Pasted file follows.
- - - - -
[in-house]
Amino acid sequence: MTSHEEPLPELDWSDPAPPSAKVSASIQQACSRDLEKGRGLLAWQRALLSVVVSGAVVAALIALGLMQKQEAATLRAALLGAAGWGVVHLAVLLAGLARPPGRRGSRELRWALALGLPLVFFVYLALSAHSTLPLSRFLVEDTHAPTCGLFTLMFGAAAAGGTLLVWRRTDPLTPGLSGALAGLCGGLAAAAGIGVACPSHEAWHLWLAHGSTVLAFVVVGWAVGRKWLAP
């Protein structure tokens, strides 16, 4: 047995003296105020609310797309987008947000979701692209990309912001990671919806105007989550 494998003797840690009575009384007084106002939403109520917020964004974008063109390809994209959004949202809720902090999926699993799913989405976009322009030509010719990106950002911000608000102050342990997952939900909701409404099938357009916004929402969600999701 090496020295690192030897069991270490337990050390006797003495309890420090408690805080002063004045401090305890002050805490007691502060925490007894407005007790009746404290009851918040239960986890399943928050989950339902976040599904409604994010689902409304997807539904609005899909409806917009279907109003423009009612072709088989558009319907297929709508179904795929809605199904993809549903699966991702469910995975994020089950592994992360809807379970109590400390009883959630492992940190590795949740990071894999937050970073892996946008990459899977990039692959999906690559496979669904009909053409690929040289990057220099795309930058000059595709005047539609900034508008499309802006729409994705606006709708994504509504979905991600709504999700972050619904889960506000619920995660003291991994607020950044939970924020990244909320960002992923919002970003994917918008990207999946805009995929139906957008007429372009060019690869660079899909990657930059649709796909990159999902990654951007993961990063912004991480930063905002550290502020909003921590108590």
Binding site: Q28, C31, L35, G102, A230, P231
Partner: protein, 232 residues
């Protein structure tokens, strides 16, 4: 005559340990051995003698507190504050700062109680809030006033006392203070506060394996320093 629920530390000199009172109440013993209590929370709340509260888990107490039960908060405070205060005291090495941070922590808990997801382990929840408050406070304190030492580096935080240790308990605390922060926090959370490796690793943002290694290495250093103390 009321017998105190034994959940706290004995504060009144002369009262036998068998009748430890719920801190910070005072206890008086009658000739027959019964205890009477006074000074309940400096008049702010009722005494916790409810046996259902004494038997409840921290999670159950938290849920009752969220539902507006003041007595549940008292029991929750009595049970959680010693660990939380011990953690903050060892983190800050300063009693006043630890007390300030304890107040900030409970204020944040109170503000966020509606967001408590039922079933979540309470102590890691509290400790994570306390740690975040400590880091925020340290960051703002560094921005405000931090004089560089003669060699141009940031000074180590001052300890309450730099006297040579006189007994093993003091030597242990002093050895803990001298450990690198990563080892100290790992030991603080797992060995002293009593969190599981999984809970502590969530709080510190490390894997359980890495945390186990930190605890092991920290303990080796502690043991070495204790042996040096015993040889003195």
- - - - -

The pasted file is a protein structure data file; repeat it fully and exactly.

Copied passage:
[in-house]
Amino acid sequence: MTSHEEPLPELDWSDPAPPSAKVSASIQQACSRDLEKGRGLLAWQRALLSVVVSGAVVAALIALGLMQKQEAATLRAALLGAAGWGVVHLAVLLAGLARPPGRRGSRELRWALALGLPLVFFVYLALSAHSTLPLSRFLVEDTHAPTCGLFTLMFGAAAAGGTLLVWRRTDPLTPGLSGALAGLCGGLAAAAGIGVACPSHEAWHLWLAHGSTVLAFVVVGWAVGRKWLAP
């Protein structure tokens, strides 16, 4: 047995003296105020609310797309987008947000979701692209990309912001990671919806105007989550 494998003797840690009575009384007084106002939403109520917020964004974008063109390809994209959004949202809720902090999926699993799913989405976009322009030509010719990106950002911000608000102050342990997952939900909701409404099938357009916004929402969600999701 090496020295690192030897069991270490337990050390006797003495309890420090408690805080002063004045401090305890002050805490007691502060925490007894407005007790009746404290009851918040239960986890399943928050989950339902976040599904409604994010689902409304997807539904609005899909409806917009279907109003423009009612072709088989558009319907297929709508179904795929809605199904993809549903699966991702469910995975994020089950592994992360809807379970109590400390009883959630492992940190590795949740990071894999937050970073892996946008990459899977990039692959999906690559496979669904009909053409690929040289990057220099795309930058000059595709005047539609900034508008499309802006729409994705606006709708994504509504979905991600709504999700972050619904889960506000619920995660003291991994607020950044939970924020990244909320960002992923919002970003994917918008990207999946805009995929139906957008007429372009060019690869660079899909990657930059649709796909990159999902990654951007993961990063912004991480930063905002550290502020909003921590108590």
Binding site: Q28, C31, L35, G102, A230, P231
Partner: protein, 232 residues
């Protein structure tokens, strides 16, 4: 005559340990051995003698507190504050700062109680809030006033006392203070506060394996320093 629920530390000199009172109440013993209590929370709340509260888990107490039960908060405070205060005291090495941070922590808990997801382990929840408050406070304190030492580096935080240790308990605390922060926090959370490796690793943002290694290495250093103390 009321017998105190034994959940706290004995504060009144002369009262036998068998009748430890719920801190910070005072206890008086009658000739027959019964205890009477006074000074309940400096008049702010009722005494916790409810046996259902004494038997409840921290999670159950938290849920009752969220539902507006003041007595549940008292029991929750009595049970959680010693660990939380011990953690903050060892983190800050300063009693006043630890007390300030304890107040900030409970204020944040109170503000966020509606967001408590039922079933979540309470102590890691509290400790994570306390740690975040400590880091925020340290960051703002560094921005405000931090004089560089003669060699141009940031000074180590001052300890309450730099006297040579006189007994093993003091030597242990002093050895803990001298450990690198990563080892100290790992030991603080797992060995002293009593969190599981999984809970502590969530709080510190490390894997359980890495945390186990930190605890092991920290303990080796502690043991070495204790042996040096015993040889003195």